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Court Rejects Woyome Again!


A five-member Supreme Court panel has refused a stay of execution application from businessman Alfred Agbesi Woyome on the auctioning of his properties by the state to offset his debts.

Mr. Woyome through his lawyer Luda Addey Lawal moved the motion with an assurance to pay GHc10 million if the motion was granted.

In a ruling, the court held that Woyome had made similar promises in the past to pay the money in installment but had failed to fulfill such promises.

The court was of the view that given such luxury to Woyome would not be fair since the order for him to pay the money was given in 2014.

The other Justices on the panel were Justices Sule Gbadegbe, Anthony A Benin, Samuel Marful- Sau and Agnes Dordzi


The Supreme Court, on July 29, 2014, ordered Mr Woyome to refund GH¢51.2 million to the State on the grounds that he had got the money out of unconstitutional and invalid contracts between the State and Waterville Holdings Limited in 2006 for the construction of stadia for  the 2008 Africa Cup of Nations, which Ghana hosted.

The court held that the contracts upon which Mr Woyome made and received the claim were in contravention of Article 181 (5) of the 1992 Constitution of Ghana, which required such contracts to be laid before and approved by Parliament.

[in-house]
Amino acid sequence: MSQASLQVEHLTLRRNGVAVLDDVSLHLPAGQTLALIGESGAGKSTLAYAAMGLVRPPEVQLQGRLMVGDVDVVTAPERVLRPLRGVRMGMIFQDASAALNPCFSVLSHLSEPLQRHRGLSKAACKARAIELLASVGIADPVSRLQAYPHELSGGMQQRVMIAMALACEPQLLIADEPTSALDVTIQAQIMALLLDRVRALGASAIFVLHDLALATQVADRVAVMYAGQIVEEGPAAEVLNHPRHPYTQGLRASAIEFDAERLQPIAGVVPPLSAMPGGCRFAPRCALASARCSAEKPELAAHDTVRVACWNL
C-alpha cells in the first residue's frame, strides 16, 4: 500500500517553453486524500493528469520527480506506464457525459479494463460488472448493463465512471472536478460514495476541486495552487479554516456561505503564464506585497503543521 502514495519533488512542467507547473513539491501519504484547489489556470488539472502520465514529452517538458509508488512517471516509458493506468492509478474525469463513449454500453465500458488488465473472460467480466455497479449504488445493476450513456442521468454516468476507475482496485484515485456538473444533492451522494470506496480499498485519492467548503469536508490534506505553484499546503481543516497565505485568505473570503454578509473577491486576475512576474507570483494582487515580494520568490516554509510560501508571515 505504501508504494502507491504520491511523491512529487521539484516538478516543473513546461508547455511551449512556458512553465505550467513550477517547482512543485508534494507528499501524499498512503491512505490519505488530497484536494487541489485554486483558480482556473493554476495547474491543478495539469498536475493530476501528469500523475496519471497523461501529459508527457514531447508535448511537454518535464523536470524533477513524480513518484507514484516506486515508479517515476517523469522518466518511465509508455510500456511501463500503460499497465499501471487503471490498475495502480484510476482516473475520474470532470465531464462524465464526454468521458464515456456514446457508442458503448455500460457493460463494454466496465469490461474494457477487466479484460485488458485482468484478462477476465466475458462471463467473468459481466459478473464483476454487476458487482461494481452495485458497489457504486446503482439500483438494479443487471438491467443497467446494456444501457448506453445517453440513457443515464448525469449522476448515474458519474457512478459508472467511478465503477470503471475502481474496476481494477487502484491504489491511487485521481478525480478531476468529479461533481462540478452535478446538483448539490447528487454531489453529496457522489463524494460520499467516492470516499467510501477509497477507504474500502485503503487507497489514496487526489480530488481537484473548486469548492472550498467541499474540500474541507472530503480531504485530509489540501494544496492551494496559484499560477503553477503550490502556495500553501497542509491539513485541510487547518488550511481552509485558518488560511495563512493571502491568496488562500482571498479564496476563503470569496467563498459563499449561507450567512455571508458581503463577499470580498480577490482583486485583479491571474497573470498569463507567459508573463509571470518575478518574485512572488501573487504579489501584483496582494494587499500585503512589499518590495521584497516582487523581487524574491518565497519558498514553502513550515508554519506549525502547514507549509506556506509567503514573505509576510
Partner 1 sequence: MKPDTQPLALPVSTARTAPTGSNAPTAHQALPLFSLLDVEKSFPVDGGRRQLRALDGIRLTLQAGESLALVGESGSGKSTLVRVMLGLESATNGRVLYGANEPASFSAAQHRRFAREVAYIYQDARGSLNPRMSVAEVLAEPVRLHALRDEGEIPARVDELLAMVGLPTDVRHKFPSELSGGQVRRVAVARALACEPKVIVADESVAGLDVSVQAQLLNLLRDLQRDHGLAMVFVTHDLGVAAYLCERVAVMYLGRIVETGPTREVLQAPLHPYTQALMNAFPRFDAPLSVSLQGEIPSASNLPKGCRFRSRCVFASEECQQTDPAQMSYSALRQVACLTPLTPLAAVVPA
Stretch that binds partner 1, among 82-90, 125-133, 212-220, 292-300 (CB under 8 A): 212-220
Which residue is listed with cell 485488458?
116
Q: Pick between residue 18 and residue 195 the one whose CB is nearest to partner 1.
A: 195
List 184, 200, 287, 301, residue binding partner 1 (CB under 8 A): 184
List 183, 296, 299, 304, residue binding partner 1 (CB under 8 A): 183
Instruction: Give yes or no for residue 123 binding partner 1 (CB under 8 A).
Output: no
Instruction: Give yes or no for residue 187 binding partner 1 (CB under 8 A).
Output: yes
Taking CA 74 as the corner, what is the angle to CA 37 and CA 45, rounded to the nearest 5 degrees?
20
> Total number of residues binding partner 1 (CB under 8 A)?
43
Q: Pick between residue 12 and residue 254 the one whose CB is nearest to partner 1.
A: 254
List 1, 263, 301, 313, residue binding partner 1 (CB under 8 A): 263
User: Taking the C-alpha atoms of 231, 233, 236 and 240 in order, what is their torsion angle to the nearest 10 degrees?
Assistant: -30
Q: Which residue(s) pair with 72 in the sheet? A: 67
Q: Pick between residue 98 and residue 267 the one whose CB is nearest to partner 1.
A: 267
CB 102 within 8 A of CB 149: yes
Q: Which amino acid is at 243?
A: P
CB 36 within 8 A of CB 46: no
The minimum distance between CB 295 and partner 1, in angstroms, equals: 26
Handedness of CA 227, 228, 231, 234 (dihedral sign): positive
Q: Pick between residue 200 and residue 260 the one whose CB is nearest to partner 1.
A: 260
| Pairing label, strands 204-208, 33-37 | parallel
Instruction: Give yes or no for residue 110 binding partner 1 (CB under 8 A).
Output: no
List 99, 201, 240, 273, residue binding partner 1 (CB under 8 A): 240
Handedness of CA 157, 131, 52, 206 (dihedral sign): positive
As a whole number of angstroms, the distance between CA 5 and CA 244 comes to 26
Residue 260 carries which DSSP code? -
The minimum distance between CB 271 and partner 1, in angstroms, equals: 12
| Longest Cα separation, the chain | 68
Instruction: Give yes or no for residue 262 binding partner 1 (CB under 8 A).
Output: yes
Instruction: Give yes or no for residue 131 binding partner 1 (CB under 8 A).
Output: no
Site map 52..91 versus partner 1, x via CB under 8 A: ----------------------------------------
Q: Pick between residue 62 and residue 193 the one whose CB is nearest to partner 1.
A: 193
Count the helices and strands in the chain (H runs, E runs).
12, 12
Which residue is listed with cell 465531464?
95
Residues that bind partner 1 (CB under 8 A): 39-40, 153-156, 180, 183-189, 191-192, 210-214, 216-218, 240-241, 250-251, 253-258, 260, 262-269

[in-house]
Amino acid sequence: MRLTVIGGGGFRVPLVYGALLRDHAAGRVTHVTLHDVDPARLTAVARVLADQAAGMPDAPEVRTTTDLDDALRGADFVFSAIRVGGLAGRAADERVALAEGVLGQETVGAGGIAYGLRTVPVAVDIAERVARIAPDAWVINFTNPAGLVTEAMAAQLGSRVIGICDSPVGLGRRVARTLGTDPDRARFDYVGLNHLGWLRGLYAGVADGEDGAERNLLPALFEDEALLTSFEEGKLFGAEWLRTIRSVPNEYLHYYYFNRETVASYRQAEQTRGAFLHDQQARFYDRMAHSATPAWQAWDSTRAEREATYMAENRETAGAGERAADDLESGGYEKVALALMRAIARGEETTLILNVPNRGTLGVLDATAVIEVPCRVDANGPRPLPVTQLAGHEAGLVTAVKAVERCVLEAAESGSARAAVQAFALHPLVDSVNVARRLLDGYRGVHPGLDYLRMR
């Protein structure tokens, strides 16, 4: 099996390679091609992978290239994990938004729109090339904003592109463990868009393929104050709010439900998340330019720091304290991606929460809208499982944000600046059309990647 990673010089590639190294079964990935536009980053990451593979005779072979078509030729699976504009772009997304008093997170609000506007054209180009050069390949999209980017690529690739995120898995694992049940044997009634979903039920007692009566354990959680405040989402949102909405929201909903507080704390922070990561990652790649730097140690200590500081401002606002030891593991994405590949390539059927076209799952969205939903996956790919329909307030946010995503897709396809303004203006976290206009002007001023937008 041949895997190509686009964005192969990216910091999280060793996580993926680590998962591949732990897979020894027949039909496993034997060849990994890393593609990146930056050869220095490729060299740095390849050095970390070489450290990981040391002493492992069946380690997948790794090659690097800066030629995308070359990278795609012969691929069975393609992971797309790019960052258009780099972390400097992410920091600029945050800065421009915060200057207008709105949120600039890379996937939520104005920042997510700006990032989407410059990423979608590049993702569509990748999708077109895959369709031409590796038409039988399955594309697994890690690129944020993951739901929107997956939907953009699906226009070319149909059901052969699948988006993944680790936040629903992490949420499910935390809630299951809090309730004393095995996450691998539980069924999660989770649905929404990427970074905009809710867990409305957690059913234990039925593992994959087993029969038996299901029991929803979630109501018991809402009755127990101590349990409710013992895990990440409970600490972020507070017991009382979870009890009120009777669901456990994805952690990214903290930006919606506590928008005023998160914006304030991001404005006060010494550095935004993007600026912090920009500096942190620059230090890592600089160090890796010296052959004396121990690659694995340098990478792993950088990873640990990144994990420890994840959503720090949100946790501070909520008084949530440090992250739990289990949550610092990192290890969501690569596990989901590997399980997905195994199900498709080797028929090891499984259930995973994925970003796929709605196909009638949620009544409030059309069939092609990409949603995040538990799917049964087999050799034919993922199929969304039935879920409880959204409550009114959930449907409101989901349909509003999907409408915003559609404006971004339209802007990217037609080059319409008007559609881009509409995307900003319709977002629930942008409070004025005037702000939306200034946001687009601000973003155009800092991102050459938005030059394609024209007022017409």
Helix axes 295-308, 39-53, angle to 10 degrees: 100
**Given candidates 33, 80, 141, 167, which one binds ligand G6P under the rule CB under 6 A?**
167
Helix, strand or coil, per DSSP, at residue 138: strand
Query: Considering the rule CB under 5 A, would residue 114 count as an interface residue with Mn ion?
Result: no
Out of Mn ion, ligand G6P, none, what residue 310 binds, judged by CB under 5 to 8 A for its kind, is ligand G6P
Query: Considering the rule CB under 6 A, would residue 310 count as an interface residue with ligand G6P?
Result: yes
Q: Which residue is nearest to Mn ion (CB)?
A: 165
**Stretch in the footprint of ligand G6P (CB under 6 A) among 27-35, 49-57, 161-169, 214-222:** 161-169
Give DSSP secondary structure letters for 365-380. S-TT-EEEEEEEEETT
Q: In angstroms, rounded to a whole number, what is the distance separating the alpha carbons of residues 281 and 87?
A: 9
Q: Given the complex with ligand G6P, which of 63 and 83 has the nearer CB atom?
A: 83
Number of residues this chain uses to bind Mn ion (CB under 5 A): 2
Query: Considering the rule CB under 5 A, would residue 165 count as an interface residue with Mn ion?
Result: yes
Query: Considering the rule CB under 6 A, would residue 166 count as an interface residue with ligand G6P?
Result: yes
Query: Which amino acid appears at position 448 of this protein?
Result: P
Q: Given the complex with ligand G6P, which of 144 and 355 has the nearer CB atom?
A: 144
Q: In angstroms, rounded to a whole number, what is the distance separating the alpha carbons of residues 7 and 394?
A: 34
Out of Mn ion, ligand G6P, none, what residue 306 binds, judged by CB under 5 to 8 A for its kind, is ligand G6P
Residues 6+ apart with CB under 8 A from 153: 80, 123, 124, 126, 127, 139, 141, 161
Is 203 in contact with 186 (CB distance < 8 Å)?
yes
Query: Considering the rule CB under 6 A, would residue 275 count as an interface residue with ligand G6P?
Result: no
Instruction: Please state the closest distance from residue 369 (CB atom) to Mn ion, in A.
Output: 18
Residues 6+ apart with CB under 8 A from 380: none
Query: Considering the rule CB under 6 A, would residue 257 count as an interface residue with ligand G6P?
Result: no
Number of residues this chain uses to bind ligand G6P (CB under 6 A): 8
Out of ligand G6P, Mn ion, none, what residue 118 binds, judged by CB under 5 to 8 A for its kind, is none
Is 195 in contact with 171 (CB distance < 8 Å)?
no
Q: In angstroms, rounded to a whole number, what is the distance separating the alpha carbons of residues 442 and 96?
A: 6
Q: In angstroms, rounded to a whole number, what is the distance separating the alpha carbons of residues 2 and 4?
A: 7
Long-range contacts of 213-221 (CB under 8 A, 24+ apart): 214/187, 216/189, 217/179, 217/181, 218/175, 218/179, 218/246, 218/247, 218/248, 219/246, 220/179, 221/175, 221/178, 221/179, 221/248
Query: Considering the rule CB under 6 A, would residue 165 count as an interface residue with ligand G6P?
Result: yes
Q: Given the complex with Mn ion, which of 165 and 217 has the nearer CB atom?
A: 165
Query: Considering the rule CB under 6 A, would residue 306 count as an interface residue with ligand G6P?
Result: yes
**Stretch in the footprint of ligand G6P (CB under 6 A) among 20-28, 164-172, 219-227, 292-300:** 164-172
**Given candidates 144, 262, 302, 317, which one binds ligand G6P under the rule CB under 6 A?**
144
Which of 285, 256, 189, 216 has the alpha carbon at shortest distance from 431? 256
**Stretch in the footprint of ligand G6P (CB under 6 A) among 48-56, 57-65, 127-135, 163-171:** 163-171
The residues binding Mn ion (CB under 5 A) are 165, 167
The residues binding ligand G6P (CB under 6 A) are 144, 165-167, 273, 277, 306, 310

On March 1, 2016, Mr Woyome prayed the court to give him three years to pay back the money but the court declined to grant his wish.


He, however, refunded GH¢4 million in November 2016 and promised to pay the outstanding balance in quarterly instalments of GH¢5 million, commencing April 1, 2017.

That did not materialise after the businessman had initiated a litany of legal cases at the Supreme Court to support his case, which were all dismissed.

In addition to fighting his cases in the country, Mr Woyome sought relief from the International Court of Arbitration of the International Chamber of Commerce (ICC), based in Paris, France, and the African Court of Justice, based in Arusha, Tanzania.

In August 2017, the ICC threw out his case, on the basis that he had failed to properly invoke its jurisdiction.

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